Monday, August 22, 2011

Whither Goest BeadEnCounter?

I'm going to write this once and then distribute it, because I've had some inquiries and I've been contemplating myself where the program has to go from here.

We're nearly 4 weeks into launch for BeadEnCounter, and sales are...disappointing to say the least.  Tragic would be more like it.  Like any new project, one hopes for that miraculous "crash the servers" response from the public. It's quite deflating to realize we're going to have to settle for the normal "build over time" business curve.

But it is early days yet. I've found in other ventures that three years is about the normal time to get a new business established.  I don't have the capitalization to hold out quite so long on this project, I need the cash flow in order to pursue the future I'd like to see happen for the software.

Since I was pushing so hard before and during the beta testing program, and then to get the whole website up and store revamped and installers made, etc. I kind of got used to a frantic pace and constant work on the software. Now I feel a little at loose ends. But I continue to fine-tune the website, and to seek optimum marketing opportunities.

So here's what I see happening:

  1. Marketing drives the universe. This is my entirely new and original thought. Yeah. Right. I had thought print advertising was the way to go, in national publications.  Well, perhaps I'm being way too impatient, but I expected a better response. Turns out that repetition drives people to be aware of ads, and for print ads in monthly publications, the repeat rate is realllllllyyyyy lowwwwww.  So we'll be redistributing some of our long-term money commitments from print to online venues.  I've got one lined up, others will follow.  Repeated viewings happen a lot faster online. Hopefully click-throughs will happen faster as well.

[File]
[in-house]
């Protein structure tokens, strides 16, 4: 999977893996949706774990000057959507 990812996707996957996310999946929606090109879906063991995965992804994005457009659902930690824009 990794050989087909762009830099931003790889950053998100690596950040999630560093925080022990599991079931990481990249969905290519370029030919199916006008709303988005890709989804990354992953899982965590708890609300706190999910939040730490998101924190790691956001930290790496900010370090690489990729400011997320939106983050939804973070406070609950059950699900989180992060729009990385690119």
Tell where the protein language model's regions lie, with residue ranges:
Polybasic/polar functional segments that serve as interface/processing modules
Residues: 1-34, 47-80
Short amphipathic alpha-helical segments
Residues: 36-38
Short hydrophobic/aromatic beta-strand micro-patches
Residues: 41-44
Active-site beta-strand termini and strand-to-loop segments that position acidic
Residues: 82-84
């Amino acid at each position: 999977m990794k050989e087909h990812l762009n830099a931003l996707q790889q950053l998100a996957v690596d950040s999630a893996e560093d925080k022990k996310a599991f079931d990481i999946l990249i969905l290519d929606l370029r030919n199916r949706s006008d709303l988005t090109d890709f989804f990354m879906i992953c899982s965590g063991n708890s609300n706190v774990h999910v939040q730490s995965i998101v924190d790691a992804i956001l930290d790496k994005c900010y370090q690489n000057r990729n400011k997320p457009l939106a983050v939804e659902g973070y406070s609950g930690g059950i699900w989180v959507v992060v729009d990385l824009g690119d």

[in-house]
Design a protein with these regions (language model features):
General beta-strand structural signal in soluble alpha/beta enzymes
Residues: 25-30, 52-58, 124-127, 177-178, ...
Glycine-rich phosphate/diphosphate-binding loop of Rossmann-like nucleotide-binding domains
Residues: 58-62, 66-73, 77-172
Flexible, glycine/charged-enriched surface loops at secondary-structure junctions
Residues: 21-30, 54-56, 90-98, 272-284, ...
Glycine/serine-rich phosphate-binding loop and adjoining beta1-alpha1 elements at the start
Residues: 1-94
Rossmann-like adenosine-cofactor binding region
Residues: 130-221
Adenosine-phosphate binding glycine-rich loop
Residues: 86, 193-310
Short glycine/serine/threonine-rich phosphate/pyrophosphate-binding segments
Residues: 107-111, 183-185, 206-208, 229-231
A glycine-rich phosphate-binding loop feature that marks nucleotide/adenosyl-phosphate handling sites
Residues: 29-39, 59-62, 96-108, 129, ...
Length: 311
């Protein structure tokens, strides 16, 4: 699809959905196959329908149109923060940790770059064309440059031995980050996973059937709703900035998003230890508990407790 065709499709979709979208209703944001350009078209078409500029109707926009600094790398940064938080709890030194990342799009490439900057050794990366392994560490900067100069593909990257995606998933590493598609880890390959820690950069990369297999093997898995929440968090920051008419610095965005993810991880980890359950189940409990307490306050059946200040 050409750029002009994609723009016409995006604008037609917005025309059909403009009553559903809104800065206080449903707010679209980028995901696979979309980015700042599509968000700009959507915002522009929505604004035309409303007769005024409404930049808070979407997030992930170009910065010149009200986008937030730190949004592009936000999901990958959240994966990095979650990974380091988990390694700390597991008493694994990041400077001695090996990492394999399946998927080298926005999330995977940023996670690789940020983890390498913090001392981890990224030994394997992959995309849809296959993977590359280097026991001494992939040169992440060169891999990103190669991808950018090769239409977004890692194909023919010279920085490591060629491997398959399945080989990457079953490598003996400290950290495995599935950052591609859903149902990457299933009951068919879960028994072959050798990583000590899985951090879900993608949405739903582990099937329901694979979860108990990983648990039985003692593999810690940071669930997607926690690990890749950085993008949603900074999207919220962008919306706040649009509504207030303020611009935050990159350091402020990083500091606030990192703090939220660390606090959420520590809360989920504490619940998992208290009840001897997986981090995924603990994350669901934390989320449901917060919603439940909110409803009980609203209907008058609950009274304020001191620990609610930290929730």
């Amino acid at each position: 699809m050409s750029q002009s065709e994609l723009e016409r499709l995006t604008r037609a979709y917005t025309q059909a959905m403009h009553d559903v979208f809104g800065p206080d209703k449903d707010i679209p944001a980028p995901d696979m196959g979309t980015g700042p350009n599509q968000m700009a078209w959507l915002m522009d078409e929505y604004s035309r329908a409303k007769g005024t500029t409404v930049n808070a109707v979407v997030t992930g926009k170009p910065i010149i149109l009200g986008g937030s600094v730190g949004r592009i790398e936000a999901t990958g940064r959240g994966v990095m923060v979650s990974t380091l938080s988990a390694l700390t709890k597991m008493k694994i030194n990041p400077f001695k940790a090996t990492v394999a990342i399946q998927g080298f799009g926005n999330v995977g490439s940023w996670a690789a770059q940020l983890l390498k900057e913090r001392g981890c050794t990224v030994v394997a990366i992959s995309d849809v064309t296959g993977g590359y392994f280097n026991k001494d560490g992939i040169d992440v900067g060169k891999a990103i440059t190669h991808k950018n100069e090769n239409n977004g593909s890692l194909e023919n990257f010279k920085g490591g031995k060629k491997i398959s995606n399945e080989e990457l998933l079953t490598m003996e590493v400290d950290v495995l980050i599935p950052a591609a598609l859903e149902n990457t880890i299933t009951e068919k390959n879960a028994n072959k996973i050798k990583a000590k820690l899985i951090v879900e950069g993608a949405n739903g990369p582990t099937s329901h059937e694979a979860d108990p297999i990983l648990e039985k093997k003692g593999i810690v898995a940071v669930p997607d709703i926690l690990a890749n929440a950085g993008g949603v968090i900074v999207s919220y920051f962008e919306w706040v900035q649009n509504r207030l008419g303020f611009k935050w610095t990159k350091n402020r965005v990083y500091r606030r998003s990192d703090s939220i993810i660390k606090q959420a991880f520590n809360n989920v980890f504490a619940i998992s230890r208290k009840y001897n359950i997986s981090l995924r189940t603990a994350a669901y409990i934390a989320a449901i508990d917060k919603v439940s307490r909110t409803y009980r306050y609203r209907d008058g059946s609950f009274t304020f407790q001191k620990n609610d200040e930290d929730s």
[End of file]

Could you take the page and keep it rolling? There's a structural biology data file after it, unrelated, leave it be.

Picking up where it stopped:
2. Refine the website. I'm working on photos/images to convey the concepts in the software to the visitors to the website. Something that shows how using the product assists in organizing, and creates productivity and profitability.  Abstract concepts conveyed in concrete images. Any suggestions to improve the website are welcome. 
  3. New features in the software. As has been noted by testers and commenters, the Consignment area is particularly underdeveloped, and the Inventory process needs fleshing out. Currently we don't have true inventory management. I want to add much more functional Vendor tracking features, and incorporate some very clever feature requests by early users.  As with any software product, there comes a point where you have to freeze features and just ship the darn thing! Otherwise you just develop eternally and never get a product out the door.  Once again, suggestions on features are welcome at any time at the forum we've set up for just this purpose. You can see what others have suggested, add your own, and discuss with other users how they use the software. Some of our users are very clever.